T’Challa, after the death of his father, the King of Wakanda, returns home to the isolated, technologically advanced African nation to succeed to the throne and take his rightful place as king.
The Marvel Cinematic Universe is a mere few months away from the highly anticipated event film Infinity War, however right now Ryan Coogler’s Black Panther is on screens, a film which comfortably stands on its own merits, while easily matching the quality of some of the best films the MCU has on offer.
Coogler of course made a great impression with Creed a few years ago, and with Black Panther he consolidates his place as a director to keep an eye on. Black Panther picks up the plot elements introduced in Captain America: Civil War, and fleshes out the story of T’Challa and the country Wakanda, with a tale that works perfectly well as a standalone film, but nestles seamlessly in the context of the MCU.
In doing so the film explores an entirely new aspect of the MCU, it stands out from other superhero films not only in terms of its setting, and landscapes, but in the writing of its characters and a story underpinned by compelling political and social commentary in the context of real world events. The film places a lot of emphasis on exploring not only T’Challa’s character, but also villain Erik Killmonger, who bucks the trend of woeful MCU villains.
Killmonger is a character whom the audience can be sympathetic towards, and one who exhibits compelling motivations, which combined with a brilliant performance from Michael B. Jordan, delivers a memorable villain who joins the company of Loki and Zemo as some of the franchises best.
T’Challa’s arc in the film leans more towards a more conventional superhero tale, with a well-defined arc the character learns from mistakes of the past, while undertaking a journey of self-discovery, and the nature of power and responsibility (sound familiar?). Notwithstanding this however, the overall plot is a fresh journey within the realms of the series, and it brings a unique visual style which is perfectly realised on screen.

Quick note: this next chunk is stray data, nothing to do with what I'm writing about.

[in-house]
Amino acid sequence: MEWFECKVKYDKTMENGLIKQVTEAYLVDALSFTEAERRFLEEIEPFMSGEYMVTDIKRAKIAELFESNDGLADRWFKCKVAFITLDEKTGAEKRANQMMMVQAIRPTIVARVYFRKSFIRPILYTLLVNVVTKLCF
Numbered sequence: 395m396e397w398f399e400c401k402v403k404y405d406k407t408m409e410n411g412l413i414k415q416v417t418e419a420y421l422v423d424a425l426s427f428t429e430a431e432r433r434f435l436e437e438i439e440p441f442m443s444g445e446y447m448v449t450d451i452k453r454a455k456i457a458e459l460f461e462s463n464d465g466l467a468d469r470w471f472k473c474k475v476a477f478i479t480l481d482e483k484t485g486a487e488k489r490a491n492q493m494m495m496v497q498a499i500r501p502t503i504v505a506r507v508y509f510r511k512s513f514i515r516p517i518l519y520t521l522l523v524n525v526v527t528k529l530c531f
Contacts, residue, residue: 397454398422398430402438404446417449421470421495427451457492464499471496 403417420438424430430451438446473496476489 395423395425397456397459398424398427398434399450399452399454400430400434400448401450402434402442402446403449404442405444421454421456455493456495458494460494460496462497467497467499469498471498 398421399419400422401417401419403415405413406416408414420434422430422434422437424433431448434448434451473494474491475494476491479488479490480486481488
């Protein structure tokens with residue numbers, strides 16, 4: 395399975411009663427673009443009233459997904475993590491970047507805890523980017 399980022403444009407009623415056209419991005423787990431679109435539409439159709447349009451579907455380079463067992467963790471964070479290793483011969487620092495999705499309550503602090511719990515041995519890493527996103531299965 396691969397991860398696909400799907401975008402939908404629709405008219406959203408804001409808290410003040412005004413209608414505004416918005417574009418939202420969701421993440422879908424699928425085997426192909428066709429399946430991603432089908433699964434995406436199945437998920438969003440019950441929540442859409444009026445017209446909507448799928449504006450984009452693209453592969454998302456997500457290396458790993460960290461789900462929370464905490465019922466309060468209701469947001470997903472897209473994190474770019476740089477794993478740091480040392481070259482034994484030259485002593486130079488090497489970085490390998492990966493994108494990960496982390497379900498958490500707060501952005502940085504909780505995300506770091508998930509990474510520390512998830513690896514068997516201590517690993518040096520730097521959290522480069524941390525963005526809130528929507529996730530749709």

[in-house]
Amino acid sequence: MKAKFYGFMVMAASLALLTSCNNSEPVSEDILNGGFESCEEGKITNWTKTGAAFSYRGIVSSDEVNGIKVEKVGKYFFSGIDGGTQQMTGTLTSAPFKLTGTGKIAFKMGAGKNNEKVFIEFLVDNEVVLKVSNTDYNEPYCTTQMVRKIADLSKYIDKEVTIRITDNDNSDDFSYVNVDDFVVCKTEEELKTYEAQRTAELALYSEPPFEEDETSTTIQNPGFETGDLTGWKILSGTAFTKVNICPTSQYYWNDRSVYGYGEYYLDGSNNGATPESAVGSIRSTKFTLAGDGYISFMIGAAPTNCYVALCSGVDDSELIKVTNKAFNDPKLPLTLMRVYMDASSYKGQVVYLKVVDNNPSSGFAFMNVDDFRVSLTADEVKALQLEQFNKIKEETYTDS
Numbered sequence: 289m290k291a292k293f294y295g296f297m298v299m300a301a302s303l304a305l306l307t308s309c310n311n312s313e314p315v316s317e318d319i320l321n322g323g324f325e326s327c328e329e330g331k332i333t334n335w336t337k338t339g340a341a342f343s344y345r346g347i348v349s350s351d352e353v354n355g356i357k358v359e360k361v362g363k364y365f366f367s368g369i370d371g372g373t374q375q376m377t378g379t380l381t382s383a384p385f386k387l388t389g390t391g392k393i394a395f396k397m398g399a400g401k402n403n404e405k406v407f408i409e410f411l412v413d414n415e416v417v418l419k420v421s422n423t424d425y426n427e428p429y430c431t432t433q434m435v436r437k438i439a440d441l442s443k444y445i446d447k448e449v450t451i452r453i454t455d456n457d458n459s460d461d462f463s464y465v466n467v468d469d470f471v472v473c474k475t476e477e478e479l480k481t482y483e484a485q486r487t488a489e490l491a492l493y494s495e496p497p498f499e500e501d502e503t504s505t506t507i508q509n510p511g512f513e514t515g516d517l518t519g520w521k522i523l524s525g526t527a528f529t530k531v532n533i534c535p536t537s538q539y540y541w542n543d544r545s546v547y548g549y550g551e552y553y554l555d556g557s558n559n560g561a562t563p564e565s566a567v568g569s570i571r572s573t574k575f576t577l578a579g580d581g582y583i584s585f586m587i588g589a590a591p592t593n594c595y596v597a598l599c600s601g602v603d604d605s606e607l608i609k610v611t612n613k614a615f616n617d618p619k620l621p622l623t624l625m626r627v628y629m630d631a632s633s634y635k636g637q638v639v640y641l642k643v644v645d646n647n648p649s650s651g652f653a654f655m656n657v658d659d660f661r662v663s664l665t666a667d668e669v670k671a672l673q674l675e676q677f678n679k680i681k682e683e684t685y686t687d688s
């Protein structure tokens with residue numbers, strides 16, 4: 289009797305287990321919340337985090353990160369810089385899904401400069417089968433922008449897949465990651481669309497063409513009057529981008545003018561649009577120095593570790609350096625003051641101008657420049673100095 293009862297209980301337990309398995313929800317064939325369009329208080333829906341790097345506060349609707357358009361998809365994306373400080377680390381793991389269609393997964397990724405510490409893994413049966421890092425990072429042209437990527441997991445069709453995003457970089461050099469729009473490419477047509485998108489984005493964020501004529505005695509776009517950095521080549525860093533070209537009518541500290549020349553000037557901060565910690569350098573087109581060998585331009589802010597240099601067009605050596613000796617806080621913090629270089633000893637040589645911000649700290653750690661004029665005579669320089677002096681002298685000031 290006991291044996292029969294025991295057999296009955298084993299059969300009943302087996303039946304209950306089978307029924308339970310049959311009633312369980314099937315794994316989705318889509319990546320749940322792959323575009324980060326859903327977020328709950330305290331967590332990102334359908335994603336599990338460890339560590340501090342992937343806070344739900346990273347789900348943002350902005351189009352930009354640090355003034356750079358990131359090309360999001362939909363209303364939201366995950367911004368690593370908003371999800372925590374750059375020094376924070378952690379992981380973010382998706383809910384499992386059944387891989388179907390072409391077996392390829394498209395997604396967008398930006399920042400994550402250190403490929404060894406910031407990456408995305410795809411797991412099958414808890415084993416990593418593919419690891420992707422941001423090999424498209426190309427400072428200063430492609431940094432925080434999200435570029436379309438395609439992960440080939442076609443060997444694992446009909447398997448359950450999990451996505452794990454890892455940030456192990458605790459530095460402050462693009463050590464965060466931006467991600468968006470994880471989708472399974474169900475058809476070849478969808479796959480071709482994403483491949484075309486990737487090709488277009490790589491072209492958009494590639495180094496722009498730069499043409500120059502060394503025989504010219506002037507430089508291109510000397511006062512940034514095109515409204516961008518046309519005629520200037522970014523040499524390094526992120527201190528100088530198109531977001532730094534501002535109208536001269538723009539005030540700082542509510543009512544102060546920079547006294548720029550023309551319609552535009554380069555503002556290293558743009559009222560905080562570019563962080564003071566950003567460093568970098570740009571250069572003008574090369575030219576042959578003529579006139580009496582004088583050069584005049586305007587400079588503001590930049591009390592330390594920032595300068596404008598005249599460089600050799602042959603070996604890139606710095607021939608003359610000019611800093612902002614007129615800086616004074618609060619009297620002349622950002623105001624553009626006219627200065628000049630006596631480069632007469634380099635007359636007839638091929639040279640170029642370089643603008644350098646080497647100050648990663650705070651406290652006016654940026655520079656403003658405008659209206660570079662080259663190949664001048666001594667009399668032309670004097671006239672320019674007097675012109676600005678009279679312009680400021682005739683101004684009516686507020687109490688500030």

With a more than two hour run time, the film exhibits a few pacing problems, particularly in the second act, and it felt like some key events are drawn out a little too long, all of which makes the final chapter a welcome turn when it does start to build up to the climactic endgame.
The action sequences are also a little mixed in terms of excitement, Coogler’s use of the characters in action is engaging enough, particularly during the spacious open battle scenes, but some of the set pieces along the way felt a little lacklustre in design.
With less screen time there are a number of support characters who are all well utilised and leave a memorable impact on screen, including Letita Wright as T’Challa’s kid sister, Danai Gurira as T’Challa’s personal guard, and Andy Serkis returning to the character Ulysses Klaue who made a brief appearance in Avengers Age of Ultron.
It’s a well-cast film with strong performances all around, and even places high profile cast members such as Angela Basset in fairly minor but important roles.
At its core Black Panther still delivers a fun, and exciting super-hero action, adventure film, while standing out with its visual style, strong character exploration, and by the time the credits are rolling – quite an on your nose political and social policy statement.
Black Panther sends a clear message that the Marvel Cinematic Universe has the stamina to go the distance, with a major milestone about to be reached with Infinity War later this year, a film like Black Panther is a reminder that the MCU setting has much more to offer and isn’t slowing down anytime soon.
I’m giving Black Panther 7.5 out of 10 stars, it’s in cinemas around Australia from 15 February 2018.